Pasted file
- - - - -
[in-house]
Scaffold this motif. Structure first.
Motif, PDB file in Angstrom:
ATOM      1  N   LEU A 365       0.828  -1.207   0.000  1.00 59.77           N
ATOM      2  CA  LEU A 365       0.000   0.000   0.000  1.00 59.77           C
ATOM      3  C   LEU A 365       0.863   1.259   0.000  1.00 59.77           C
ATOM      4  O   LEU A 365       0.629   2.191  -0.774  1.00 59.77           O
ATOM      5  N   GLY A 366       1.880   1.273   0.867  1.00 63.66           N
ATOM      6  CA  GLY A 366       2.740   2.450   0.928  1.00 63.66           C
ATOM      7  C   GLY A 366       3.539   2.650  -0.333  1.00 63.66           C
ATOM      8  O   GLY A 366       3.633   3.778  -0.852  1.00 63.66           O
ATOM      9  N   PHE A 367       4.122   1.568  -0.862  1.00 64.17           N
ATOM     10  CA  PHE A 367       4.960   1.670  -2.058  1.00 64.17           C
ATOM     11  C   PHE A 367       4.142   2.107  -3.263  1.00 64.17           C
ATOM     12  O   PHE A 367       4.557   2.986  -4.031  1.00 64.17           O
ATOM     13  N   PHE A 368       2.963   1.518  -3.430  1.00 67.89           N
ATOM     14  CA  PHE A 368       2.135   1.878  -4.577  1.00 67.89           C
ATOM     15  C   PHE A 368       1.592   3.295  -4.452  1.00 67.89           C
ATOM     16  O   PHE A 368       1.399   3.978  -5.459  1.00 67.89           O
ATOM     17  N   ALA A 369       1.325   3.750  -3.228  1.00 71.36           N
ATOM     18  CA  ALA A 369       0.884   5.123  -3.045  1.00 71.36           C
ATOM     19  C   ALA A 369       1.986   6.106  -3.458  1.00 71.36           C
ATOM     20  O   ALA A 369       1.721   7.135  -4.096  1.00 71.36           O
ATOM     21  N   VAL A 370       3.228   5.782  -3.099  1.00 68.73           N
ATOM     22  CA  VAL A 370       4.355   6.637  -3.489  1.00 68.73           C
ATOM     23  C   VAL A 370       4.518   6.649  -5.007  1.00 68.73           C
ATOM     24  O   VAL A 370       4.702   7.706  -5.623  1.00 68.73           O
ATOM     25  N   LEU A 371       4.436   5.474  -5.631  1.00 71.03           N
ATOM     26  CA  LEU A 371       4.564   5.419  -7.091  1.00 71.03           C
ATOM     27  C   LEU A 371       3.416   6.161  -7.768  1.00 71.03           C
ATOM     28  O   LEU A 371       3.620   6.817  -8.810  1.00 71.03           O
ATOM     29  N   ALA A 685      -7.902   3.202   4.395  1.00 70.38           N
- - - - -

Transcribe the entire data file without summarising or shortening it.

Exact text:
[in-house]
Scaffold this motif. Structure first.
Motif, PDB file in Angstrom:
ATOM      1  N   LEU A 365       0.828  -1.207   0.000  1.00 59.77           N
ATOM      2  CA  LEU A 365       0.000   0.000   0.000  1.00 59.77           C
ATOM      3  C   LEU A 365       0.863   1.259   0.000  1.00 59.77           C
ATOM      4  O   LEU A 365       0.629   2.191  -0.774  1.00 59.77           O
ATOM      5  N   GLY A 366       1.880   1.273   0.867  1.00 63.66           N
ATOM      6  CA  GLY A 366       2.740   2.450   0.928  1.00 63.66           C
ATOM      7  C   GLY A 366       3.539   2.650  -0.333  1.00 63.66           C
ATOM      8  O   GLY A 366       3.633   3.778  -0.852  1.00 63.66           O
ATOM      9  N   PHE A 367       4.122   1.568  -0.862  1.00 64.17           N
ATOM     10  CA  PHE A 367       4.960   1.670  -2.058  1.00 64.17           C
ATOM     11  C   PHE A 367       4.142   2.107  -3.263  1.00 64.17           C
ATOM     12  O   PHE A 367       4.557   2.986  -4.031  1.00 64.17           O
ATOM     13  N   PHE A 368       2.963   1.518  -3.430  1.00 67.89           N
ATOM     14  CA  PHE A 368       2.135   1.878  -4.577  1.00 67.89           C
ATOM     15  C   PHE A 368       1.592   3.295  -4.452  1.00 67.89           C
ATOM     16  O   PHE A 368       1.399   3.978  -5.459  1.00 67.89           O
ATOM     17  N   ALA A 369       1.325   3.750  -3.228  1.00 71.36           N
ATOM     18  CA  ALA A 369       0.884   5.123  -3.045  1.00 71.36           C
ATOM     19  C   ALA A 369       1.986   6.106  -3.458  1.00 71.36           C
ATOM     20  O   ALA A 369       1.721   7.135  -4.096  1.00 71.36           O
ATOM     21  N   VAL A 370       3.228   5.782  -3.099  1.00 68.73           N
ATOM     22  CA  VAL A 370       4.355   6.637  -3.489  1.00 68.73           C
ATOM     23  C   VAL A 370       4.518   6.649  -5.007  1.00 68.73           C
ATOM     24  O   VAL A 370       4.702   7.706  -5.623  1.00 68.73           O
ATOM     25  N   LEU A 371       4.436   5.474  -5.631  1.00 71.03           N
ATOM     26  CA  LEU A 371       4.564   5.419  -7.091  1.00 71.03           C
ATOM     27  C   LEU A 371       3.416   6.161  -7.768  1.00 71.03           C
ATOM     28  O   LEU A 371       3.620   6.817  -8.810  1.00 71.03           O
ATOM     29  N   ALA A 685      -7.902   3.202   4.395  1.00 70.38           N